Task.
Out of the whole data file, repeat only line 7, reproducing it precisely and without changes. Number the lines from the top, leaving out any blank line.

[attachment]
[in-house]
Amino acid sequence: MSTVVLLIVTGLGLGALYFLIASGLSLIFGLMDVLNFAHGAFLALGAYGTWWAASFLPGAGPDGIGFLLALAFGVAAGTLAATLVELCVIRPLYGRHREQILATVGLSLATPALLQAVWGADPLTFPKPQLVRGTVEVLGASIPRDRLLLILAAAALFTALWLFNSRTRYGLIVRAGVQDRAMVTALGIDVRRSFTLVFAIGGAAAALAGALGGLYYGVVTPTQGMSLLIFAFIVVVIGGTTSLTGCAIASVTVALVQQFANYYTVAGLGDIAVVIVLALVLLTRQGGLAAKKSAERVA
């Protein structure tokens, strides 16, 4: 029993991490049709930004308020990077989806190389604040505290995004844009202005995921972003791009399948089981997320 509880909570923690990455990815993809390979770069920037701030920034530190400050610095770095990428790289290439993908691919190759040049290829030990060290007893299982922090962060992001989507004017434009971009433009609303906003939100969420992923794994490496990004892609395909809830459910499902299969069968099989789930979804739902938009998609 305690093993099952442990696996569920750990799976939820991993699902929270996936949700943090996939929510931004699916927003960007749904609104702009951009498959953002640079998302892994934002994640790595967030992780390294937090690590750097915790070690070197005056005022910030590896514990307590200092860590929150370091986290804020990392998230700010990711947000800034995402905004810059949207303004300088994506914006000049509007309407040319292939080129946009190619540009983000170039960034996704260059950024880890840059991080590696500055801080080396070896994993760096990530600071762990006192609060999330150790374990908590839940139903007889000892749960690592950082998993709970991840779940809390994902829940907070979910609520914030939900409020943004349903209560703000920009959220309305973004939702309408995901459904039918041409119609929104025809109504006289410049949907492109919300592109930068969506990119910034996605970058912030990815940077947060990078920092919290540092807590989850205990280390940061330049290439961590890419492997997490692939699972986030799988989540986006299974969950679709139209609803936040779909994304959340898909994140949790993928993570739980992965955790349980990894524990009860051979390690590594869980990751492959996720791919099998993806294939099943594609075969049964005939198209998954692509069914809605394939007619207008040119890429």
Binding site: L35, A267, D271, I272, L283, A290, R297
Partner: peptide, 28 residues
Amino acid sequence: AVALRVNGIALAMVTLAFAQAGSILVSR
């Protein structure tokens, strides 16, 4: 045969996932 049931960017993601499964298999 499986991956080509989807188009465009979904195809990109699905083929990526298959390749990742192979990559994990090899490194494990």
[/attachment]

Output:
């Protein structure tokens, strides 16, 4: 045969996932 049931960017993601499964298999 499986991956080509989807188009465009979904195809990109699905083929990526298959390749990742192979990559994990090899490194494990």